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Lithium And Iodine Markets Experiencing High Demand And Tight Supplies
By: Yiannis Mostrous
Chile’s Sociedad Quimica y Minera (NYSE: SQM) is the world’s largest producer of lithium and a major producer of iodine. Chile is the world’s largest lithium producer, thanks to its abundance of dry lakebeds—known as salars—that are a far cheaper source of the metal than elsewhere around the world. In addition, Sociedad Quimica y Minera produces and markets specialty plant nutrition (SPN) fertilizer, such as potassium nitrate, sodium nitrate, and potassium sulfate (see chart, below).
Source: Sociedad Quimica y Minera
Sociedad Quimica y Minera reported strong first-quarter 2012 earnings of USD150 million, an increase of 34.7 percent from the same period a year ago. Revenue totaled USD529.6 million for the first quarter, an increase of 10.3 percent over the USD480 million reported in the same period of 2011.
EBITDA reached USD26 million, an increase of 31 percent from the same period in 2011, with gross margins at a solid 45 percent. Net margin reached 28 percent in the first quarter, higher than the 23 percent achieved a year ago.
The commodities stock’s strong results this quarter were driven mainly by higher iodine volumes together with an increase in average prices for all business lines, which boosted gross margins.
Prices and volumes of iodine increased solidly because of tight world supplies, leading to a 53 percent jump in revenue from this segment, which accounts for 40 percent of gross profit. Potash volumes continued to decline, but higher prices led to a 7 percent increase in revenue year over year, representing 22 percent of gross profit.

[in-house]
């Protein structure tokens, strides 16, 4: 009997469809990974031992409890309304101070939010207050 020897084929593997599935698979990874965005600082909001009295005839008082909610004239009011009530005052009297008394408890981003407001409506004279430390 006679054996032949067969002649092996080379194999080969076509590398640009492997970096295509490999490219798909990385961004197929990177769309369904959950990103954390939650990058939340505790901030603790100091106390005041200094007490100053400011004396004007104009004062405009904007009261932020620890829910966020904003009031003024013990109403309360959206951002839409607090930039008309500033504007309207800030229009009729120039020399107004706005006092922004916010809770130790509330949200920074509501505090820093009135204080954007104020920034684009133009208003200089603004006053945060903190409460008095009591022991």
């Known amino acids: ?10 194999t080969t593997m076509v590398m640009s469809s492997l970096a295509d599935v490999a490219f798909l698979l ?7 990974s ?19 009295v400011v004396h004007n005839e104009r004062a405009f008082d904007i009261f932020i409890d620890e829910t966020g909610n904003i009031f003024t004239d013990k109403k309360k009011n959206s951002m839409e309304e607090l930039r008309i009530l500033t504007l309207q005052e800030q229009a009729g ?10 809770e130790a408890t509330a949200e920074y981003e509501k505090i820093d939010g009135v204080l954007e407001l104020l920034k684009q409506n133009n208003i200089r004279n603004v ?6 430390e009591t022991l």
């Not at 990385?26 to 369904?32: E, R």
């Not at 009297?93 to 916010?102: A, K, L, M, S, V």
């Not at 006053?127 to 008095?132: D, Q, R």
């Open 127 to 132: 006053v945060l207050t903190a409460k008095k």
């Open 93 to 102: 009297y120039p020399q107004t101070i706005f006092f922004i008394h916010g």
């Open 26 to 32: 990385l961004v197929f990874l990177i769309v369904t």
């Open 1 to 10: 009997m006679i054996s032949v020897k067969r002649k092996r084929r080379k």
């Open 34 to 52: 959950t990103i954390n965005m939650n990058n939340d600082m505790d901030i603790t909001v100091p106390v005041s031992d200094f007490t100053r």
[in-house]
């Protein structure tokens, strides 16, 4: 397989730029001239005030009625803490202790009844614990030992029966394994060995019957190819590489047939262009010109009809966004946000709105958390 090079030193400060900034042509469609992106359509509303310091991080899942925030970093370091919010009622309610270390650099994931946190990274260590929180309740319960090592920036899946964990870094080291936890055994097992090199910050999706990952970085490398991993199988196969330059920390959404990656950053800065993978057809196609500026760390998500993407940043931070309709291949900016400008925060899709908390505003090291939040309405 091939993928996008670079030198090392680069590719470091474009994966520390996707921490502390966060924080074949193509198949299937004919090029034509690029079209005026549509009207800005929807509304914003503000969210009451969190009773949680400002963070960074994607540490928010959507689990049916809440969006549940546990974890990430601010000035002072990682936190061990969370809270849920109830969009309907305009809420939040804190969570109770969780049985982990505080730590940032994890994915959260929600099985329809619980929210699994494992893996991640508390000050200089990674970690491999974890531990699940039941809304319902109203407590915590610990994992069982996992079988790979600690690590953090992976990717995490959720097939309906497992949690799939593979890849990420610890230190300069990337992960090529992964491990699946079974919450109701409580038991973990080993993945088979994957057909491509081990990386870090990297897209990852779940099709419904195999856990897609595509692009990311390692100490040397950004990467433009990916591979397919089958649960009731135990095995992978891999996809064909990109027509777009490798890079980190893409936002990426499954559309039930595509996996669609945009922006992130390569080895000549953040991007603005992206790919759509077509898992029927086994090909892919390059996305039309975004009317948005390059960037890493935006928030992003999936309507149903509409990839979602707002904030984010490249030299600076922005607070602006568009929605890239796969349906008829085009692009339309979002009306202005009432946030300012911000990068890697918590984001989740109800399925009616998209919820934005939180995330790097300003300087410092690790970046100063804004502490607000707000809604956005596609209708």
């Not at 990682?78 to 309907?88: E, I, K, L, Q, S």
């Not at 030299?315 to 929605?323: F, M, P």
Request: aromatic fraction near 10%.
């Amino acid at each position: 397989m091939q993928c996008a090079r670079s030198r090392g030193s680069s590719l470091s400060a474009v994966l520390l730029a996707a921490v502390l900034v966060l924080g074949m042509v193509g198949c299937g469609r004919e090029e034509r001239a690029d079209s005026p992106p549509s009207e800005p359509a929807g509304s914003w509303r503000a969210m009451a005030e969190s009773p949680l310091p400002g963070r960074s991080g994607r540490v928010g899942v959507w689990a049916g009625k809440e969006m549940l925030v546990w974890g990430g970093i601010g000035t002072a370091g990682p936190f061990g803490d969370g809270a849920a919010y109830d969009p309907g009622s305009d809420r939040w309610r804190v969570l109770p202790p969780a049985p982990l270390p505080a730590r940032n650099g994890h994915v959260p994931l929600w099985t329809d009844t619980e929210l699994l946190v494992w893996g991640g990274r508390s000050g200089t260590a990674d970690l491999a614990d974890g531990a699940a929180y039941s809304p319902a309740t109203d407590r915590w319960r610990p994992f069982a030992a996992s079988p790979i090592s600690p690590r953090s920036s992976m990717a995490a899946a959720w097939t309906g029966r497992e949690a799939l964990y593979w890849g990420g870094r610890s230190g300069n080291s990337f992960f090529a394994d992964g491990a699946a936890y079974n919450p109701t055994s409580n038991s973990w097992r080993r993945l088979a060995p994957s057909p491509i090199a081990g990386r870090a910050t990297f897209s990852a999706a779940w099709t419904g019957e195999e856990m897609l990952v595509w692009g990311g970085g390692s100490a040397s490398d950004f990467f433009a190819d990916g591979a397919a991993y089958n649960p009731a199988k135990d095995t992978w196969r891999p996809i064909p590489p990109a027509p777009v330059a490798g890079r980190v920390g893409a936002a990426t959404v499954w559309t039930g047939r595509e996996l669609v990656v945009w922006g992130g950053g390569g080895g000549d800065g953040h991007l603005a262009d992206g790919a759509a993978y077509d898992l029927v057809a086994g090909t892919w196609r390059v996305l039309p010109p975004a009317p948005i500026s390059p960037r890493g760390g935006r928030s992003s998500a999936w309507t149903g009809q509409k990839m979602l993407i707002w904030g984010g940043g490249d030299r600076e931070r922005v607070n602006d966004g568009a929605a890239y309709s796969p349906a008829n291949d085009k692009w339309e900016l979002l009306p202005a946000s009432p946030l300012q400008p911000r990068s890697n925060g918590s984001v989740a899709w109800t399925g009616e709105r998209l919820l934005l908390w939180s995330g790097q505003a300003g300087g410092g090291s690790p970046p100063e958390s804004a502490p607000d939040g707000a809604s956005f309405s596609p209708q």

The company remains optimistic about the remainder of 2012, expecting a recovery of potash volumes and strong demand and pricing in the iodine and lithium markets. As a result, the company continues to implement its capital expenditure plan of USD500 million for 2012, which should boost its production of iodine and potassium-based products by about 25 percent this year.
The most important single end-market for iodine is health care devices such as x-ray machines, accounting for 55 percent of all global consumption. Liquid crystal displays (LCDs) used for computer screens and televisions represent another fast-growing market for iodine. Although it’s possible to replace iodine in LCDs, the alternatives are all considered inferior or more expensive.
The company is a solid value investment, with total debt of USD1.4 billion and a cash position of USD656 million. The company offers exposure to markets with fast-growing demand for most of its products, while supplies remain tight. For more tips on investing in commodities, check out my free Rare Metals Stocks report.